News

Greece has recently gone through the greatest financial crisis to affect a member of the Eurozone since the introduction of the single currency ten years ago. With raging unemployment exacerbated by huge cut-backs in public sector spending, the Athens government spent the first quarter of 2010 faced by riots in the streets, a result of the financial crisis which is hitting the Greeks harder than anybody.

However, plans are afoot to revitalise the stricken Greek economy with the announcement yesterday that 12 billion euros will be invested in green projects in an attempt to create jobs in new renewable industries. In a press release issued by the Greek government, Tina Birbili the Environment Minister said,

“The ministry hopes the programme will decisively contribute to face recession and lead to dynamic economic growth”

Birbili believes that renewable projects could attract around 32 billion euros of investment from around the world creating up to 192,000 jobs. This will at least come as a glimpse of light in a country where unemployment is steadily on the rise and national debt is at an all time high. The EU bailout, funded largely by Germany expires in 2 years, by which point Greece will be hoping that the economy is back on track.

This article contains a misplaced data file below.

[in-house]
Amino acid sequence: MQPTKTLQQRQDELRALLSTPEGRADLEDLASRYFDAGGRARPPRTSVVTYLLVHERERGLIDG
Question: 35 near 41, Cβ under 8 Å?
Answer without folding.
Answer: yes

Both Gordon Brown and Barack Obama have been keen exponents of renewable energy as a means of kick-starting the struggling economies of the UK and US respectively. Sound bites such as ‘Green New Deal’ have regularly appeared in the press both sides of the Atlantic in a reference to the government projects of the 1930’s designed to boost recovery after the Great depression. It seems that Greece is going to follow this lead with a number of projects now in the pipeline.

Certainly, with Greece already falling behind other southern European countries with regards to its renewable energy uptake, the investment could provide the vital impetus needed to get the renewable energy industry in Greece on its feet. With targets of generating 40 per cent of its energy from renewable sources by 2020, they have their work cut out.


No comments

Add your comment